Saudi Arabia raises $12.5bn in new bond sale

The Kingdom is pursuing many economic and social reforms, and this week said it will end a ban on women driving. (Reuters)
Updated 29 September 2017
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Saudi Arabia raises $12.5bn in new bond sale

RIYADH: Saudi Arabia on Thursday announced it had undertaken another multibillion-dollar bond sale to finance a persistent budget deficit left by low oil prices.
The world’s top crude oil exporter raised $12.5 billion in its third international bond issue, the Finance Ministry said.
It comes as Saudi Arabia pursues economic and social reforms including this week’s announcement that it will end a ban on women driving.
The Kingdom has already undertaken three “sukuk” Islamic bond issues this year — including one international sale — totalling around $15 billion.
Last year it raised $17.5 billion in its first global bond issue — the largest ever by a single country. Previously it had sold domestic bonds.
The latest issue was heavily oversubscribed with orders worth $40 billion, according to the Finance Ministry.
A slump in global oil prices resulted in massive budget shortfalls in 2014.
Saudi Arabia has posted a budget deficit in each of the past three years and is headed for a fourth year in the red in 2017.
The Kingdom’s deficit topped $200 billion from 2014 to 2016, and it is forecast to post a $53 billion shortfall this year.
Riyadh has also withdrawn more than $230 billion from its fiscal reserves since the end of 2014 to finance the budget deficit. Its reserves now stand at just over $490 billion.
Economic growth in Saudi Arabia is expected to hit just 0.1 percent this year, the weakest since 2009, according to the International Monetary Fund.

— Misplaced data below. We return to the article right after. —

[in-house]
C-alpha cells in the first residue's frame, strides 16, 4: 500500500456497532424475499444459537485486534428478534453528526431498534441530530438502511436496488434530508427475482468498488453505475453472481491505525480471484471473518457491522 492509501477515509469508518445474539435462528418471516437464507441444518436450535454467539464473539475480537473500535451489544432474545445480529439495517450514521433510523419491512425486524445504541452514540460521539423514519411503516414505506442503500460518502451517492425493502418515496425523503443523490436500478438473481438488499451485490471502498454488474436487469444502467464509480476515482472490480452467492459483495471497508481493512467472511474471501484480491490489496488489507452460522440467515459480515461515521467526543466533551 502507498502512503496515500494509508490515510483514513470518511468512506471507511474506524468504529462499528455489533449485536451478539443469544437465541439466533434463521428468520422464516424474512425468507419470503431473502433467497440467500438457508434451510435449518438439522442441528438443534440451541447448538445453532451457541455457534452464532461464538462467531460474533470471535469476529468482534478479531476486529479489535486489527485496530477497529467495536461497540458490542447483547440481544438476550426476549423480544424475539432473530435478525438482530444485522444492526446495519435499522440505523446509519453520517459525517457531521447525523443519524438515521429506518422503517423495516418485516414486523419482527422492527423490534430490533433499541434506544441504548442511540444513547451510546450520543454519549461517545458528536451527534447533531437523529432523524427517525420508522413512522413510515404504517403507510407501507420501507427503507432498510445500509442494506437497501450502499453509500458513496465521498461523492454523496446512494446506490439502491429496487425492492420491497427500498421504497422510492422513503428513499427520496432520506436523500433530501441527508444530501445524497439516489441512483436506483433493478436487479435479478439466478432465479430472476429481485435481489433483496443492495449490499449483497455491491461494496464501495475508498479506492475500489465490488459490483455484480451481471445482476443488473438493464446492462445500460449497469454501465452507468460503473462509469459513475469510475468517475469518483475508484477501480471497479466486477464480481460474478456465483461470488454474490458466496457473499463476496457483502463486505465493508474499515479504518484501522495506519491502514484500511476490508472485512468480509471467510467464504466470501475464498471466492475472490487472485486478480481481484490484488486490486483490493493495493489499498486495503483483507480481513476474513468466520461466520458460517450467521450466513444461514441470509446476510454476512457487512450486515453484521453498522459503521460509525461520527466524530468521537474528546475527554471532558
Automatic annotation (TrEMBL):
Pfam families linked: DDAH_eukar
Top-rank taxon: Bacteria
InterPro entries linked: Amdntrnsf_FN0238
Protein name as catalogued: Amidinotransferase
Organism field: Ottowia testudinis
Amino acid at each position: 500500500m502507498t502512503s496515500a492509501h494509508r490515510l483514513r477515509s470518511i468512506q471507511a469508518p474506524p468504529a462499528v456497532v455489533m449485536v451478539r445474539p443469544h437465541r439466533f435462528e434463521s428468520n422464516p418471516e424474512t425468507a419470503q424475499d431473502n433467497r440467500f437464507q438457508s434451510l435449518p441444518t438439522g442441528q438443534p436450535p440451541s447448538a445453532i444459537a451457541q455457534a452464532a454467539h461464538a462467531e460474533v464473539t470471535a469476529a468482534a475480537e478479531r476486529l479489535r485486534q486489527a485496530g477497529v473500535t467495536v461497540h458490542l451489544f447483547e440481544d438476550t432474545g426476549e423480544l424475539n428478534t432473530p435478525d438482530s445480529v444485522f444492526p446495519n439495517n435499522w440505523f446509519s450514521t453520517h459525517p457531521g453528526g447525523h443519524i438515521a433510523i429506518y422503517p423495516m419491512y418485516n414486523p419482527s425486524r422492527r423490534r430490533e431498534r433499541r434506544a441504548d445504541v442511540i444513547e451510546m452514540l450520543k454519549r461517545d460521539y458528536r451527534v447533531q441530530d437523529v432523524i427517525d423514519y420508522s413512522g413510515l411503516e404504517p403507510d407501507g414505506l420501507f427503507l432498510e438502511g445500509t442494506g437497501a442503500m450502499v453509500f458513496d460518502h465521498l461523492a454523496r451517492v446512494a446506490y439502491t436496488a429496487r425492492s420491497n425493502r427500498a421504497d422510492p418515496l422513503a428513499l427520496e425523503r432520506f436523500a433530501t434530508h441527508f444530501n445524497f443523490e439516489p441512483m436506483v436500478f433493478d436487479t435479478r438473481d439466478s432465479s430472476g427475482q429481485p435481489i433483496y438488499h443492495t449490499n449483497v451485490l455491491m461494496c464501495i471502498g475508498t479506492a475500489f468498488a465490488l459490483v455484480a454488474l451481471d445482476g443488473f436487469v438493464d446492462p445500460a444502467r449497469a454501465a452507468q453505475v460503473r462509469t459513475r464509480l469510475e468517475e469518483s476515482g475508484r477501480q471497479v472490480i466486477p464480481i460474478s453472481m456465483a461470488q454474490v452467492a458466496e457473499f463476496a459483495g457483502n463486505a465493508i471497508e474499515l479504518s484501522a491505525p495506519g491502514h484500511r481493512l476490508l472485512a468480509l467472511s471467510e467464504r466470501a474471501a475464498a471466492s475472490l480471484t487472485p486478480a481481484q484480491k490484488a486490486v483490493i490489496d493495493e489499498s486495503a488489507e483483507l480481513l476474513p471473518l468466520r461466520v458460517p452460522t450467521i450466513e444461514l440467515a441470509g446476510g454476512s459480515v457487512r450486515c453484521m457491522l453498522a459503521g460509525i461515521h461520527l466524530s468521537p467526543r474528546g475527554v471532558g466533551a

The Kingdom is due to introduce its first value-added tax (VAT) in early 2018 and is preparing to sell just under five percent of energy giant Aramco next year.


Etihad proposes to invest in Jet Airways at 49% discount

Updated 16 January 2019
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Etihad proposes to invest in Jet Airways at 49% discount

  • The 25-year-old Indian airline has been roiled by financial difficulties, racking up a pile of dues to pilots, lessors and vendors
  • Jet will not be able to continue funding operations beyond the next week and Etihad is willing to inject $35 million if some conditions are met

Etihad Airways has offered to pick up shares of debt-laden Indian carrier Jet Airways Ltd. at a 49 percent discount and to immediately release $35 million after certain conditions are met, CNBC-TV18 reported on Wednesday.
Shares of Jet Airways, in which Etihad already owns a 24 percent stake, tumbled as much as 7.5 percent to 271.75 rupees ($3.83) in their biggest intraday drop since early December.
The Abu Dhabi carrier has offered 150 rupees for each Jet share, CNBC-TV18 said, citing a letter from Etihad’s CEO.
Tony Douglas has written to the State Bank of India (SBI) , Jet’s biggest lender, on the restructuring plan for the Indian airline, the report added.
The 25-year-old Indian airline has been roiled by financial difficulties, racking up a pile of dues to pilots, lessors and vendors, at a time when intense pricing competition, a weak rupee and rising fuel costs are weighing on the broader airline sector in the country.
Jet will not be able to continue funding operations beyond the next week and Etihad is willing to inject $35 million if some conditions are met, the CNBC-TV18 report cited Douglas as saying in his letter.
Jet and Etihad representatives are due to meet in Mumbai with lenders, led by SBI, on Wednesday to discuss the restructuring proposal that involves Etihad increasing its stake, a source with knowledge of the matter told Reuters on condition of anonymity.
Etihad wants Jet’s founder and Chairman, 69-year-old Naresh Goyal to step down from the board and his stake to be slashed to 22 percent from 51 percent, according to CNBC-TV18.
Goyal’s penchant for control, according to people who have worked with him, has emerged as a major obstacle as the airline tries to negotiate a rescue deal, Reuters reported last month.
Etihad is also seeking an exemption from the market regulator on preference pricing and open offer guidelines to invest more for the bailout, the report added.
Under India’s capital markets regulations, Etihad is required to make an open offer to shareholders for a majority of the shares once its stake goes past 25 percent, unless it obtains a rare exemption from the market regulator.
India Ministry of Civil Aviation Secretary R N Choubey on Wednesday told reporters that the aviation ministry had not yet received an official request from Jet and Etihad for an exemption from an open offer.
Jet and Etihad were not immediately available for comment.